After a long process of finding the right candidate, your job offer has been accepted and the new hire is set to begin next week. While you’ve put a lot of time into the process already, are you prepared for your new hire’s arrival? According to the Allied Workforce Mobility Survey, many companies don’t feel they are, with only 28% saying they have a successful onboarding program in place. In this blog, we will look at a few ways to make your new employees feel like part of the team on their first day.
Entering a new job, one of the many unknowns for new hires are the people that they’re going to be working with. You should ease this concern as soon as possible by taking them around the building and introducing them to co-workers, supervisors, managers and anyone else they may deal with on a daily basis. Ideally, all of these meetings should be done on a one-on-one basis. This way, the employee gets to know each person individually and isn’t overwhelmed by an entire group of people.
It doesn’t get much worse than when a new employee gets to their work area and nothing is ready for them. It is crucial to make sure that your employee has all the tools and resources to step into their role and contribute. Since it takes an average of eight months for new employees to match the productivity of tenured employees, you’ll want to make sure assignments are provided as soon as possible.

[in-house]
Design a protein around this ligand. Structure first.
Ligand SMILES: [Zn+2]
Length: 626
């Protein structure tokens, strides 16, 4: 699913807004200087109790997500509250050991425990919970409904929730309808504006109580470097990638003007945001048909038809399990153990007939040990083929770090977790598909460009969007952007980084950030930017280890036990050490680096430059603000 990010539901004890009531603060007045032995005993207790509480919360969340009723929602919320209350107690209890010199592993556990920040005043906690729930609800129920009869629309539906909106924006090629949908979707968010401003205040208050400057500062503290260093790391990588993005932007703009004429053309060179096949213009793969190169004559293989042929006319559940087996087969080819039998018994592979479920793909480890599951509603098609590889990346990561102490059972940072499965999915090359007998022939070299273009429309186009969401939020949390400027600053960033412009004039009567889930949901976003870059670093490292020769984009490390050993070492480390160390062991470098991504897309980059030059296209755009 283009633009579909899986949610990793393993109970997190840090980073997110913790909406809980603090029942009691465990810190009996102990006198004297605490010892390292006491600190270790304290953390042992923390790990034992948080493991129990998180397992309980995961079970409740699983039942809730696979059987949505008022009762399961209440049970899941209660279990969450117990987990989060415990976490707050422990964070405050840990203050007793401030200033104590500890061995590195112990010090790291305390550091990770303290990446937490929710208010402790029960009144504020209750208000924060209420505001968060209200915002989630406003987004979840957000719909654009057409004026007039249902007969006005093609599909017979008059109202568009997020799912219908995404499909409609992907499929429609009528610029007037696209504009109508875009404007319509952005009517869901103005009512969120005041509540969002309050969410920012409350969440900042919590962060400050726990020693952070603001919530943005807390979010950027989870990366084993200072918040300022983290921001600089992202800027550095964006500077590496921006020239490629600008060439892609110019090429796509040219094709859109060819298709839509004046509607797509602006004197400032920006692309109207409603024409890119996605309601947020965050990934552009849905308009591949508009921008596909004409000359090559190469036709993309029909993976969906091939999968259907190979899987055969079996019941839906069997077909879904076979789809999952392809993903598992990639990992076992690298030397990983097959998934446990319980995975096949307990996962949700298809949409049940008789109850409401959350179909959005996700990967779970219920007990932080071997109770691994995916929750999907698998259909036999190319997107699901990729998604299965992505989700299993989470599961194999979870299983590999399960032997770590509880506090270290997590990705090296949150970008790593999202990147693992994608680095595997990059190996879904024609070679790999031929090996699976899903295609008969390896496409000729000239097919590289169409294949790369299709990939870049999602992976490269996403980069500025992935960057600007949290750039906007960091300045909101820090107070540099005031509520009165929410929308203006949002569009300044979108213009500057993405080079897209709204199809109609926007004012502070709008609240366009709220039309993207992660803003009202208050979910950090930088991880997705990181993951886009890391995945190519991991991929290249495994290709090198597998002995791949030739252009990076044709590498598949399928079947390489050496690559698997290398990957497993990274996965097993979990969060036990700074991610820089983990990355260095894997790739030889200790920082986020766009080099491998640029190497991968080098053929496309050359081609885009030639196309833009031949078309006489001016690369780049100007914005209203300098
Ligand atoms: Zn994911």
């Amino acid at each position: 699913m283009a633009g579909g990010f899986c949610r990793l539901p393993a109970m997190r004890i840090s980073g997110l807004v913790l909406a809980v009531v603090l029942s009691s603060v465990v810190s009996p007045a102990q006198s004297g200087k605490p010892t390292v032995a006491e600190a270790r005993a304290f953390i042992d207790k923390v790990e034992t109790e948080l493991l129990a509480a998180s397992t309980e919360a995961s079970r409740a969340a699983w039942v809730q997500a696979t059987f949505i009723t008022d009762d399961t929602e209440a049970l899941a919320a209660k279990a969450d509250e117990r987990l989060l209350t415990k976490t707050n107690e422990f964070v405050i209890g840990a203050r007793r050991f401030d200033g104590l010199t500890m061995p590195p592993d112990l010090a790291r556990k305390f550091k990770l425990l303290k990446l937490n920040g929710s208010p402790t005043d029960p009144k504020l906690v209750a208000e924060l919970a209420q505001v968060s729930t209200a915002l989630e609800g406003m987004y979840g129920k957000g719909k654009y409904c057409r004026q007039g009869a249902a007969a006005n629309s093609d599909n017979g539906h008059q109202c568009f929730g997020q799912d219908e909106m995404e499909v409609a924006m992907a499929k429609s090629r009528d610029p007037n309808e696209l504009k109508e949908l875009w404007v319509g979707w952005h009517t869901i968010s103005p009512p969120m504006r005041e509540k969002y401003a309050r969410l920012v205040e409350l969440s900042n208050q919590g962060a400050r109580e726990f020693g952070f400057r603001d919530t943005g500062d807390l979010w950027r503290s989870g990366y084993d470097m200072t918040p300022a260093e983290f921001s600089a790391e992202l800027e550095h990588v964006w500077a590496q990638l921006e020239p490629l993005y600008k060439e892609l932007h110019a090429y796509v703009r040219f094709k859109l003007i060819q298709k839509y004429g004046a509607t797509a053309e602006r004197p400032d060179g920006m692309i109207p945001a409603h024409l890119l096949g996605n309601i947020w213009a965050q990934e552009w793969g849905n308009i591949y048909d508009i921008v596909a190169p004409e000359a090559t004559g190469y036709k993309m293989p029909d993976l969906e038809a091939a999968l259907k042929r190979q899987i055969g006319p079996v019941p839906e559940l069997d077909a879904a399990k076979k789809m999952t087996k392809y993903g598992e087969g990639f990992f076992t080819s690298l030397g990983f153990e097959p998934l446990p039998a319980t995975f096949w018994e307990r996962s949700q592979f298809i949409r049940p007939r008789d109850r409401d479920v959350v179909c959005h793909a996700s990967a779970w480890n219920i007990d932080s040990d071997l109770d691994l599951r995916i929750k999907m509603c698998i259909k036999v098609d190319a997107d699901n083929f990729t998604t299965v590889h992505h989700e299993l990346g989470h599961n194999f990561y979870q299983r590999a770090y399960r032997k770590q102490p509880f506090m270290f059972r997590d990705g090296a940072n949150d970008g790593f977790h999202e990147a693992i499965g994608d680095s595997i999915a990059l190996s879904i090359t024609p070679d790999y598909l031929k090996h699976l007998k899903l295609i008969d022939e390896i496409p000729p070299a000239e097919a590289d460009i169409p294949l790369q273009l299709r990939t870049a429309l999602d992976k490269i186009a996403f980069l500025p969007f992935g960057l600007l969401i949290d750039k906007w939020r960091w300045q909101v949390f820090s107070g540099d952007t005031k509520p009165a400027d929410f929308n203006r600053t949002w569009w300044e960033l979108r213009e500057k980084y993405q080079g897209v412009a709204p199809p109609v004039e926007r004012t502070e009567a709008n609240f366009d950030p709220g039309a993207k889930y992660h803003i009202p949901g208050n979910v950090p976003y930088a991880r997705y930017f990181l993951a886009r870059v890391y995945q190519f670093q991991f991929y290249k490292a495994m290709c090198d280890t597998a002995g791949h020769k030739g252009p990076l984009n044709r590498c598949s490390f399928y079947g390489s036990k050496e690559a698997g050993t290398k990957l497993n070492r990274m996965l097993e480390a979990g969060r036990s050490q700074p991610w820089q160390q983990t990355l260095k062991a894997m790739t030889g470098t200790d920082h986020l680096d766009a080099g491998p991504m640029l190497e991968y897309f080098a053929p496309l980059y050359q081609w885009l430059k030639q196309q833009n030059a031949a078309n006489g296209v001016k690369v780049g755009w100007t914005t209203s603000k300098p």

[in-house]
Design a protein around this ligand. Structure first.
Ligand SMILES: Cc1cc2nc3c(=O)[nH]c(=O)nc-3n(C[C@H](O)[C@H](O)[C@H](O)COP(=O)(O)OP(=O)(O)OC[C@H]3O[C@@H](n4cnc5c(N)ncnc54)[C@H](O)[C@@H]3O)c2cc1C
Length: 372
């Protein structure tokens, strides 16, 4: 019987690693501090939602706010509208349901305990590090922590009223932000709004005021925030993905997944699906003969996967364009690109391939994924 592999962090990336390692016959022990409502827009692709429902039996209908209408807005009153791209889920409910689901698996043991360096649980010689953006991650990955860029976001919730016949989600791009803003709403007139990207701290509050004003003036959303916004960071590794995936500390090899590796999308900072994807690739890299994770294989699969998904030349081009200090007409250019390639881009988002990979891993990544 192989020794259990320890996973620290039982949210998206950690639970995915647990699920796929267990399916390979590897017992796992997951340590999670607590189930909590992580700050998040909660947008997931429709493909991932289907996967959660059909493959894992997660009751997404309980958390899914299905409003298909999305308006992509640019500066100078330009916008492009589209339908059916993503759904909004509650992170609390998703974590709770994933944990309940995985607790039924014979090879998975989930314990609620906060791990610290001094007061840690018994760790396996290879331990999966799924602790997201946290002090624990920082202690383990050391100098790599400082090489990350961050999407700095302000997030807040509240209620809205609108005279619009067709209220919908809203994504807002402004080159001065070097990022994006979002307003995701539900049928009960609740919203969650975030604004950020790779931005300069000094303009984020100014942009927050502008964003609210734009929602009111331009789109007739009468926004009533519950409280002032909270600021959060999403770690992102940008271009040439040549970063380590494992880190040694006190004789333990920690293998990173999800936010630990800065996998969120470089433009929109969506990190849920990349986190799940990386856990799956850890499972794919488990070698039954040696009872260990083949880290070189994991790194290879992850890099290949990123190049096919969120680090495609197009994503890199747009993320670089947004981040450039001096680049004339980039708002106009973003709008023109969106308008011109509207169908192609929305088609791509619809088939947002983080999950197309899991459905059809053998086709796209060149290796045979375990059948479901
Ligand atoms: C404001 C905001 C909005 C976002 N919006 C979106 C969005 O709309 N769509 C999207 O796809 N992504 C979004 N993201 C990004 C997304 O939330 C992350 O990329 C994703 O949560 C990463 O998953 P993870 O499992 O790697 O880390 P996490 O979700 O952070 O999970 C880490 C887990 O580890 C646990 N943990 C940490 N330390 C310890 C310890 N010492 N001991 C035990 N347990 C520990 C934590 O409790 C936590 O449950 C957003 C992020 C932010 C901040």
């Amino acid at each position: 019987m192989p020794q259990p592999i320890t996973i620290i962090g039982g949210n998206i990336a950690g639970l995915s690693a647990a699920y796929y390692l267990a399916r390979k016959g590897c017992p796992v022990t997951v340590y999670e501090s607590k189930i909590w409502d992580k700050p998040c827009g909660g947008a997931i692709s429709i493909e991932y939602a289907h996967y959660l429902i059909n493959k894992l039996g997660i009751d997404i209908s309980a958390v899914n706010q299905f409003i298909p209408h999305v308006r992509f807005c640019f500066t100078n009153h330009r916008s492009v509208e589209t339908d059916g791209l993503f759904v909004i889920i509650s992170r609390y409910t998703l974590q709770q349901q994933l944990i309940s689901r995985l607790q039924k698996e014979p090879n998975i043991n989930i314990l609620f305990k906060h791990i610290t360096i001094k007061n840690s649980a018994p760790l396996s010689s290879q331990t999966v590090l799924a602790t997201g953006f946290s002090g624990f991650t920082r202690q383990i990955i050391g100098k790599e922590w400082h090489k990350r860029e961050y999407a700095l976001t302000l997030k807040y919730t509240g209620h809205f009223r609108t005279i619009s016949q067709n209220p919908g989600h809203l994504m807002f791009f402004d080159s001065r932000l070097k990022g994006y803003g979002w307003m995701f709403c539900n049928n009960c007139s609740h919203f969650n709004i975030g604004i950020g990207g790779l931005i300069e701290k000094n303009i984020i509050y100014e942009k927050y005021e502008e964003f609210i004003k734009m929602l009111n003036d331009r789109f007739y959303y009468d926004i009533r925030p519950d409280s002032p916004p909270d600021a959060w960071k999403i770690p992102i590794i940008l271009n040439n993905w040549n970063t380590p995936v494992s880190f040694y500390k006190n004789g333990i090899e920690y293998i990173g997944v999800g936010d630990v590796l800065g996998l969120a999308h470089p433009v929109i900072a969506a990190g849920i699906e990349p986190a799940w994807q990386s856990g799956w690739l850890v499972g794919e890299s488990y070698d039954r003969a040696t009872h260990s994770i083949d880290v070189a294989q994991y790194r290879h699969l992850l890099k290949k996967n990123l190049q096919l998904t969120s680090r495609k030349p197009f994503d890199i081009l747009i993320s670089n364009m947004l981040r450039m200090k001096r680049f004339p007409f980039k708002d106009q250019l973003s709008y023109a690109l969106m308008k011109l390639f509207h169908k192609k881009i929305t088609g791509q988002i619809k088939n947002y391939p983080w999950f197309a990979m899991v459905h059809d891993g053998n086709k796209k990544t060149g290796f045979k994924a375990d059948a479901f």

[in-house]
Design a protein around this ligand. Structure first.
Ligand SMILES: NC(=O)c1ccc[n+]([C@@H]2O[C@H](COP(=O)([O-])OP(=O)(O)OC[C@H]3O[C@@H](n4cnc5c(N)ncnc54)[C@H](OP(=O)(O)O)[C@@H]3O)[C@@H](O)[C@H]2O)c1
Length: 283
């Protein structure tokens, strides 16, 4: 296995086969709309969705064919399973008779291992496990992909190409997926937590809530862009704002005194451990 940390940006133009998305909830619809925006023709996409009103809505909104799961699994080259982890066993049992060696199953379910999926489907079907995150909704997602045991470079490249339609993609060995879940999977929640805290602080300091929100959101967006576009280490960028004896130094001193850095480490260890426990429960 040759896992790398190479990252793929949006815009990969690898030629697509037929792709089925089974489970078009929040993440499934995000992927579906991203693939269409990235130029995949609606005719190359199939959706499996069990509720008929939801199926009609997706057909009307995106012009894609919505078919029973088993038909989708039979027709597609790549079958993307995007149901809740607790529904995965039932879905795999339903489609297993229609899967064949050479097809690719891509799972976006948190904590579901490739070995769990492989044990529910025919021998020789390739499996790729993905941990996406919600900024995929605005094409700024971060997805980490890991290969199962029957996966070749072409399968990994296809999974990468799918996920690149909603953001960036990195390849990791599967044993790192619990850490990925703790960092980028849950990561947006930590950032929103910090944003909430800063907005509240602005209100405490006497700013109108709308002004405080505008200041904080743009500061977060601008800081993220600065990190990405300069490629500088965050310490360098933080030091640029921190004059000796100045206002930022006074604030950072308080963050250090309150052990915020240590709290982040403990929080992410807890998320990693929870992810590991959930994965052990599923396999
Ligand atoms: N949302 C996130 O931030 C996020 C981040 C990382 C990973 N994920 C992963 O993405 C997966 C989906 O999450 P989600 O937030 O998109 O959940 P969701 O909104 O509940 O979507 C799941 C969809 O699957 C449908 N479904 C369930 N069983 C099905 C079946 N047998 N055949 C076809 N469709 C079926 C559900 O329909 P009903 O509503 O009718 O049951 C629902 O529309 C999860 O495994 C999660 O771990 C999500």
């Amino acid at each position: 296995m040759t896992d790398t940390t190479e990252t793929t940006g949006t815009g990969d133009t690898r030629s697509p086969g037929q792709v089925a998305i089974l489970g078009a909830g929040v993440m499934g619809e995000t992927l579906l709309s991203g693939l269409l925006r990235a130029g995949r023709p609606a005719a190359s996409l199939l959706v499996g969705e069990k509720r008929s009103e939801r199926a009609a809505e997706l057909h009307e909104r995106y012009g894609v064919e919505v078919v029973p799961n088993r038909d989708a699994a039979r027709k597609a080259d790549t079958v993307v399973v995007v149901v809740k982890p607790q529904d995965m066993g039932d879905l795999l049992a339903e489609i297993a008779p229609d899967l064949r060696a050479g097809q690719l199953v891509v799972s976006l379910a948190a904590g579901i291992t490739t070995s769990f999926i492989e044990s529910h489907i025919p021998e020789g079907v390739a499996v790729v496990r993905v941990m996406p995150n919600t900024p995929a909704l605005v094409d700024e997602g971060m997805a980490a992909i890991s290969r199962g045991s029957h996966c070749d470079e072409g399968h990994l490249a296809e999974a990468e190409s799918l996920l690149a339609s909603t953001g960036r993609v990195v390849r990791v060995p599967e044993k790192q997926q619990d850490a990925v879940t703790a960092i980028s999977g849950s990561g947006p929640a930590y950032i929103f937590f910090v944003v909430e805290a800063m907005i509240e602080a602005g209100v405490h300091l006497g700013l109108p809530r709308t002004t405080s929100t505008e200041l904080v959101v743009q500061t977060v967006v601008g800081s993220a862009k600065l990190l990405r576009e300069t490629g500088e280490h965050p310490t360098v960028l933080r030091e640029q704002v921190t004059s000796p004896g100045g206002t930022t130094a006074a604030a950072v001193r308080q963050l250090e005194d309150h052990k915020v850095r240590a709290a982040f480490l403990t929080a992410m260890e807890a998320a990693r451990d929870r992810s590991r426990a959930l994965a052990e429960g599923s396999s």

The back-and-forth communication between employer and employee will take up the bulk of the onboarding process. The new employee will have questions about the job and company and you’ll want to make sure that you are able to give those answers. Then from your end, you’ll want to relay the important information as an understanding of the company culture or the impact their position will have on the organization. By allowing them see where they fit and providing them with goals, you’ll set them up for a successful future with your company.
The overarching message that should be taken from this blog is that communication is key to any onboarding process. If you invest the time and resources to build a successful program, you’ll limit turnover, increase productivity and save money in the long run.
Looking for ways to improve your company’s internal communication? Check out a previous blog on the subject here.